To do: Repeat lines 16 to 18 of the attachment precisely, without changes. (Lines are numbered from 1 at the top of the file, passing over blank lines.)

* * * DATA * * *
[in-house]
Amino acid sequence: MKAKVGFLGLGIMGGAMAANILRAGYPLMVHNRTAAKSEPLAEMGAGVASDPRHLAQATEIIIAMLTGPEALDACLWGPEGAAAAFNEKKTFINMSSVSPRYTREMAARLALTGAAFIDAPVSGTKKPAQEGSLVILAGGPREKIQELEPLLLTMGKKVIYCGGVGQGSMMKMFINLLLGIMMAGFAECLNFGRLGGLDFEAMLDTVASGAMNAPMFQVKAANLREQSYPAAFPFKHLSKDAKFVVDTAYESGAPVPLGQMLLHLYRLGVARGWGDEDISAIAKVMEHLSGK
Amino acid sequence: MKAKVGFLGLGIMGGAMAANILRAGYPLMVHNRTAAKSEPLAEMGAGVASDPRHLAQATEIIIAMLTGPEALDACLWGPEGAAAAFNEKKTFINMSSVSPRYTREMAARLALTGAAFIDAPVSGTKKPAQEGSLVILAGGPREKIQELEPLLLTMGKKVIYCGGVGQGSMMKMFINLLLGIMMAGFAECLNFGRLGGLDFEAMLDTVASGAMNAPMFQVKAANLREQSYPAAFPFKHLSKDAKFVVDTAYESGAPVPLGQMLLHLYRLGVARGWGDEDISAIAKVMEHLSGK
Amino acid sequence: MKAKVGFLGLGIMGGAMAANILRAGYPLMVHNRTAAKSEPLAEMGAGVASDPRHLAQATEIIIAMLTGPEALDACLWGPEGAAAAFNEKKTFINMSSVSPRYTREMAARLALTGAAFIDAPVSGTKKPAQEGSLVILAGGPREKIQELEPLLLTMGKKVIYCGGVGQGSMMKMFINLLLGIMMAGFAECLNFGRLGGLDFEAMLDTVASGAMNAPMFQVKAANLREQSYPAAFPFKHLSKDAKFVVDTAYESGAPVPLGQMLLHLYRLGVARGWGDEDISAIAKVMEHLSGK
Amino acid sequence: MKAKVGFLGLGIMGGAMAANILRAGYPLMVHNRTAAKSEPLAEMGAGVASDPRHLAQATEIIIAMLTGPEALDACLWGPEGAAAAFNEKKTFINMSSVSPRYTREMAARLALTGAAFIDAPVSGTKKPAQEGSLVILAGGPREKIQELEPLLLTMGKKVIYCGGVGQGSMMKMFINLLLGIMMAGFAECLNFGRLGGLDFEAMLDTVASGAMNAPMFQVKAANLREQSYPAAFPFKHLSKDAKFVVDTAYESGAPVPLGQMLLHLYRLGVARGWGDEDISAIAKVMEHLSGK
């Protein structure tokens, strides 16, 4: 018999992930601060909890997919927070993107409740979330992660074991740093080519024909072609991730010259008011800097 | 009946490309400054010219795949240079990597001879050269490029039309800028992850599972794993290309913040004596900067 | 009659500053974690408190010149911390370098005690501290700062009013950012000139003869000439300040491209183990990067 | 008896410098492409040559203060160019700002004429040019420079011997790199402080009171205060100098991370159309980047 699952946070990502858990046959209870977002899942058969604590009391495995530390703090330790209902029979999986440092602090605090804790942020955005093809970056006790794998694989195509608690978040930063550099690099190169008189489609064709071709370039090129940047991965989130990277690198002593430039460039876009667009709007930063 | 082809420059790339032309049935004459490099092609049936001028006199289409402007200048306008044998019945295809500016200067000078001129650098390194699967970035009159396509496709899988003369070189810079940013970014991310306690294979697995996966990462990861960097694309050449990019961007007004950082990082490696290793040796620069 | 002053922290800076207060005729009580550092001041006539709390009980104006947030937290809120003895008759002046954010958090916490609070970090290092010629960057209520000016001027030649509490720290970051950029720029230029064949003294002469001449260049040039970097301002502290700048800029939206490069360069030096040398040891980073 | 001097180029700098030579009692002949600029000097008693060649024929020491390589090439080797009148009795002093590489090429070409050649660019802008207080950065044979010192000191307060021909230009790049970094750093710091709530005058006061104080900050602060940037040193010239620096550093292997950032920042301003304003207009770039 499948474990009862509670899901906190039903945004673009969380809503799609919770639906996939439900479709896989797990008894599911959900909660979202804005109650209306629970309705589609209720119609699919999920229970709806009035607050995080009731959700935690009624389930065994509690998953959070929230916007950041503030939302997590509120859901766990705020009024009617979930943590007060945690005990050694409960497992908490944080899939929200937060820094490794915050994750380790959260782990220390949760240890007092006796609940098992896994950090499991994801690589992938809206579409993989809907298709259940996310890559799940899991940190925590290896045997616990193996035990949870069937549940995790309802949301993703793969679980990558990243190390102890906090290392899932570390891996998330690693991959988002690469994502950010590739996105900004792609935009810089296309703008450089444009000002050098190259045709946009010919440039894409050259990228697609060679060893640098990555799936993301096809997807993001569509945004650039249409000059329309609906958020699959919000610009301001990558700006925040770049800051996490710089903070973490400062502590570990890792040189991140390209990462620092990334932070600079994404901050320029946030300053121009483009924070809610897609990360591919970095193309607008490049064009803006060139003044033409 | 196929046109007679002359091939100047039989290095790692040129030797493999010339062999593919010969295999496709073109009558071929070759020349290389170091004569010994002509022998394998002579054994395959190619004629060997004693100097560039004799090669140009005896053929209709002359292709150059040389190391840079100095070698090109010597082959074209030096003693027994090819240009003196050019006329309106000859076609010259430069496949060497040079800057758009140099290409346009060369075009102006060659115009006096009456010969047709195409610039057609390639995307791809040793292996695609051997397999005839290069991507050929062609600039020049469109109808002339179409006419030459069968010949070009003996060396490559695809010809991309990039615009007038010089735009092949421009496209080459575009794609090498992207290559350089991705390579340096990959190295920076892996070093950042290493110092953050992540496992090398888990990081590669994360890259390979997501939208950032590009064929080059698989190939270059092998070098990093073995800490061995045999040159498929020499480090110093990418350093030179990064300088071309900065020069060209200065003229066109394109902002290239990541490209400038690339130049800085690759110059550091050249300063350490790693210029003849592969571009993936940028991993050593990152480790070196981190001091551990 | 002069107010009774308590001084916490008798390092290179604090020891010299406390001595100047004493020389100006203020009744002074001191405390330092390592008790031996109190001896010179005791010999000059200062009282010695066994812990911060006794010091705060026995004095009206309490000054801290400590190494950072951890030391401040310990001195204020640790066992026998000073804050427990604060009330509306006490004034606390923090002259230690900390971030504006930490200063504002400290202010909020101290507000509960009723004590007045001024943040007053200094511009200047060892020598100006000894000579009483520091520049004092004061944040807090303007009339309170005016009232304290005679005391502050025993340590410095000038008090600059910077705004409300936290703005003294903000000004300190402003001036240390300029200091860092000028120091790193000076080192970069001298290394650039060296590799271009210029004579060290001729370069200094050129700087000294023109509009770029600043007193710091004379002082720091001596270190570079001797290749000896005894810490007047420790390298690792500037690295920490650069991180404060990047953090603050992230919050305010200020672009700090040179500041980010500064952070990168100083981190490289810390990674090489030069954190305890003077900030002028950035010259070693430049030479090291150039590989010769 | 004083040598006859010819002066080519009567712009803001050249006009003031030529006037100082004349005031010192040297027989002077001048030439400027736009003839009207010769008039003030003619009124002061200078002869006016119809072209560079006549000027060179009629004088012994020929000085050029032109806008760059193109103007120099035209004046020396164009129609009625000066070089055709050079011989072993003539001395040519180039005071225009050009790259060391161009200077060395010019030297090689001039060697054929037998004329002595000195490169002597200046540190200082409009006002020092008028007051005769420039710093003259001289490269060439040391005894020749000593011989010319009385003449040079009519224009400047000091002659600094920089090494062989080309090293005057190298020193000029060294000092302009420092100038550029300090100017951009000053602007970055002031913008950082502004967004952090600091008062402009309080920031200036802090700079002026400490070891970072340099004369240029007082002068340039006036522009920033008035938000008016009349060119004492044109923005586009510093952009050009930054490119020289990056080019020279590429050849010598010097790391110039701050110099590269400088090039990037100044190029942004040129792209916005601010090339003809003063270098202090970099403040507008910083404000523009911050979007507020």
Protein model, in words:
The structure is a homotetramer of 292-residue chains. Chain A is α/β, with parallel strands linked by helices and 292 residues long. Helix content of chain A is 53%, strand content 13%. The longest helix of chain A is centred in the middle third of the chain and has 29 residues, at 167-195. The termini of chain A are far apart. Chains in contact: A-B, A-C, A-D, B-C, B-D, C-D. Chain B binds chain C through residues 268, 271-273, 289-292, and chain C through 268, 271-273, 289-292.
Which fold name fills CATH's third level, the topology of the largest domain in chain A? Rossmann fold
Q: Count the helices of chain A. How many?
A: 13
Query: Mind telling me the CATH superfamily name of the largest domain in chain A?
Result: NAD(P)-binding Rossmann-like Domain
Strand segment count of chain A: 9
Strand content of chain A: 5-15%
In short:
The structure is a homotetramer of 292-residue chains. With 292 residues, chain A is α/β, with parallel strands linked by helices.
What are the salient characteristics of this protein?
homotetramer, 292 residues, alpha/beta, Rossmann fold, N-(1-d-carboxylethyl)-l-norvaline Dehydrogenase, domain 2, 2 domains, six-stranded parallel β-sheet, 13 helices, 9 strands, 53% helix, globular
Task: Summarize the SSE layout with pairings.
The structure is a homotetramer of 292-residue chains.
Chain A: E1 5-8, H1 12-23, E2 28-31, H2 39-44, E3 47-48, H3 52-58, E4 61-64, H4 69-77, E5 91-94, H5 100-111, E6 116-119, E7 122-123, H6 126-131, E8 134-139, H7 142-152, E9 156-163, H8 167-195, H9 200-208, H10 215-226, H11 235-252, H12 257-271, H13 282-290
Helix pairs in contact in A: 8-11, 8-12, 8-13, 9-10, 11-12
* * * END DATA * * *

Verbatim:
In short:
The structure is a homotetramer of 292-residue chains. With 292 residues, chain A is α/β, with parallel strands linked by helices.
What are the salient characteristics of this protein?